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Australia from Space: Part 5

IT’S DIFFICULT TO GET A TRUE PICTURE of the scale of Australia’s Red Centre from the ground, but satellite images help us to comprehend the breadth and beauty of the region. These remarkable images were taken by the Proba, Envisat and Landsat satellites, and show two of Australia’s most famous landmarks—Uluru and Lake Eyre.

Uluru

The rock formation Uluru, also known as Ayers Rock, as seen by the European Proba satellite. Uluru is the world's largest monolith, and a sacred site to Australia's indigenous peoples. It is 3.6 km long and two km wide. The walk around it covers 9.4 km.

Uluru 2

This black and white Proba image gives us a closer view of Uluru, and shows the layers of rock titled towards the vertical.

Lake Eyre Basin

This Envisat image highlights the Lake Eyre Basin, one of the world’s largest internally draining systems, in the heart of Australia. White cloud streaks stand in contrast to the Red Centre’s vast amounts of crimson soil and sparse greenery. The basin covers about 1.2 million sq km (about the size of France, Germany and Italy combined), including large portions of South Australia (bottom), the Northern Territory (upper left) and Queensland (upper right) and a part of western New South Wales (bottom right). This image was acquired by the European Envisat satellite’s Medium Resolution Imaging Spectrometer on 3 July 2010 at a resolution of 300 metre.

Lake Eyre

This Landsat satellite image shows a portion of Lake Eyre (lower-left corner) and the north-south sand dunes of the Simpson and Tirari deserts in the remote outback of South Australia. The Thematic Mapper on Landsat 5 acquired this image on 31 May 2011.

Earlier Australia from Space pictorials:

Australia from Space: Part 1

Australia from Space: Part 2

Australia from Space: Part 3

Australia from Space: Part 4

Adapted from information issued by ESA.

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Australia from Space: Part 4

MORE WONDERFUL IMAGES of Australia’s coastline, courtesy of the European Envisat Earth-monitoring satellite. Envisat was launched in March 2002 and at 8.5-tonnes is one of the largest satellites ever put into orbit. It circles the Earth every 101 minutes from north to south.

Satellite image of the Great Barrier Reef

An Envisat MERIS image of the Great Barrier Reef centred on Cape York Peninsula. Taken on 19 August 2004, this MERIS Full Resolution mode images has a spatial resolution of 300 metres.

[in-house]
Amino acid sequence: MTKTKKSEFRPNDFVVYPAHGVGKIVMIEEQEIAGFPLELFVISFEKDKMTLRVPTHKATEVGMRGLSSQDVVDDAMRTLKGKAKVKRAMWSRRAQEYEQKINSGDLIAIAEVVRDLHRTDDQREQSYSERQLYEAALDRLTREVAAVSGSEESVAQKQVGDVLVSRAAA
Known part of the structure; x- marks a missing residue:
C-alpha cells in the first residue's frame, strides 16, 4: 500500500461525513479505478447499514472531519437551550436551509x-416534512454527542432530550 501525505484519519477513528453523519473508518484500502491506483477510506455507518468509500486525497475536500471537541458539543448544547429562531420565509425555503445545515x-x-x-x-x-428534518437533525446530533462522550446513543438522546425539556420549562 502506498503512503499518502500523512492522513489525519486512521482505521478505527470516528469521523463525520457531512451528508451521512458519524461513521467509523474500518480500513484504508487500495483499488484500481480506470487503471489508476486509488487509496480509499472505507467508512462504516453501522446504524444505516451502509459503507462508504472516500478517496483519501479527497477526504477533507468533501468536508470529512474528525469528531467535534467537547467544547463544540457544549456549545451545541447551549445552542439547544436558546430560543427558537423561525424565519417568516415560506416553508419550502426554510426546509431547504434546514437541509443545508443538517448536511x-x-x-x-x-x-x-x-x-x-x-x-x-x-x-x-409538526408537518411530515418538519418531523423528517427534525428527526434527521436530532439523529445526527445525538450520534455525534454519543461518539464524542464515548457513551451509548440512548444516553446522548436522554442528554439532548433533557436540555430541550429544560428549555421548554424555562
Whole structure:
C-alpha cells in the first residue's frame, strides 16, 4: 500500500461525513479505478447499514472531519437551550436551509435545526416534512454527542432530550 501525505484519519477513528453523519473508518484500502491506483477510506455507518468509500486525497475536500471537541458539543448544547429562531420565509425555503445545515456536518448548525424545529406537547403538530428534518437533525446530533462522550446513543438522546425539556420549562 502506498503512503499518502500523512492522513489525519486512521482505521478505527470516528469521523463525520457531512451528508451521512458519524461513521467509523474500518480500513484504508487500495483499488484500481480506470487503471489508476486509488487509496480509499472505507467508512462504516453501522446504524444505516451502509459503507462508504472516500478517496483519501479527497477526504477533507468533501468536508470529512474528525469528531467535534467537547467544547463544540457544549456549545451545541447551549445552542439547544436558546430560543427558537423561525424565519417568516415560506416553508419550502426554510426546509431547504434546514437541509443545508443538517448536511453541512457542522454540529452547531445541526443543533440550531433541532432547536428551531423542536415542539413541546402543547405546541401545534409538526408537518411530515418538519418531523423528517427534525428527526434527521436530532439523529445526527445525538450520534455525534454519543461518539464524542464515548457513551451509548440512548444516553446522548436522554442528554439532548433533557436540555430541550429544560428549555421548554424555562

Satellite image of the Southern Great Barrier Reef

This Envisat image features the southern part of the Great Barrier Reef off Australia’s Queensland coast. It is the world’s most protected marine area, one of its natural wonders and a World Heritage site. Spanning more than 2,000 km and covering an area of some 350,000 sq km, it is the largest living structure on Earth and the only one visible from space. This image was acquired by Envisat’s Medium Resolution Imaging Spectrometer (MERIS) on 8 November 2010 at a resolution of 300 metres

Satellite image of the Northern Great Barrier Reef

Another view of the Great Barrier Reef. Australian researchers have discovered that Envisat's Medium Resolution Imaging Spectrometer (MERIS) sensor can detect coral bleaching down to 10 metres depth. This means Envisat could potentially map coral bleaching on a global scale. MERIS acquired this image on 18 May 2008, working in Full Resolution mode to yield a spatial resolution of 300 metres.

Close up of the sea off northwestern WA

Sea and coral atolls off the West Australian coast, as seen by Envisat's MERIS ocean colour sensor.

Earlier Australia from Space pictorials:

Australia from Space: Part 1

Australia from Space: Part 2

Australia from Space: Part 3

Adapted from information issued by ESA.

Get SpaceInfo.com.au daily updates by RSS or email! Click the RSS Feed link at the top right-hand corner of this page, and then save the RSS Feed page to your bookmarks. Or, enter your email address (privacy assured) and we’ll send you daily updates. Or follow us on Twitter, @spaceinfo_oz

Like this story? Please share or recommend it…

Great Barrier Reef from orbit

Envisat image of the Great Barrier Reef

Australia's 2,000-kilometre-long Great Barrier Reef seen from space by the Envisat satellite.

THIS IMAGE FROM Europe’s Envisat satellite shows the southern part of the Great Barrier Reef off Australia’s Queensland coast. It is the world’s most protected marine area, one of its natural wonders and a World Heritage site.

Spanning more than 2,000 kilometres in length and covering an area of some 350,000 square kilometres, it is the largest living structure on Earth and the only one visible from space.

The image was acquired by Envisat’s Medium Resolution Imaging Spectrometer (MERIS) on 8 November 2010, providing a resolution of 300 metres per pixel.

See the full-size (1.5MB) image here.

Adapted from information issued by ESA.

Get SpaceInfo.com.au daily updates by RSS or email! Click the RSS Feed link at the top right-hand corner of this page, and then save the RSS Feed page to your bookmarks. Or, enter your email address (privacy assured) and we’ll send you daily updates. Or follow us on Twitter, @spaceinfo_oz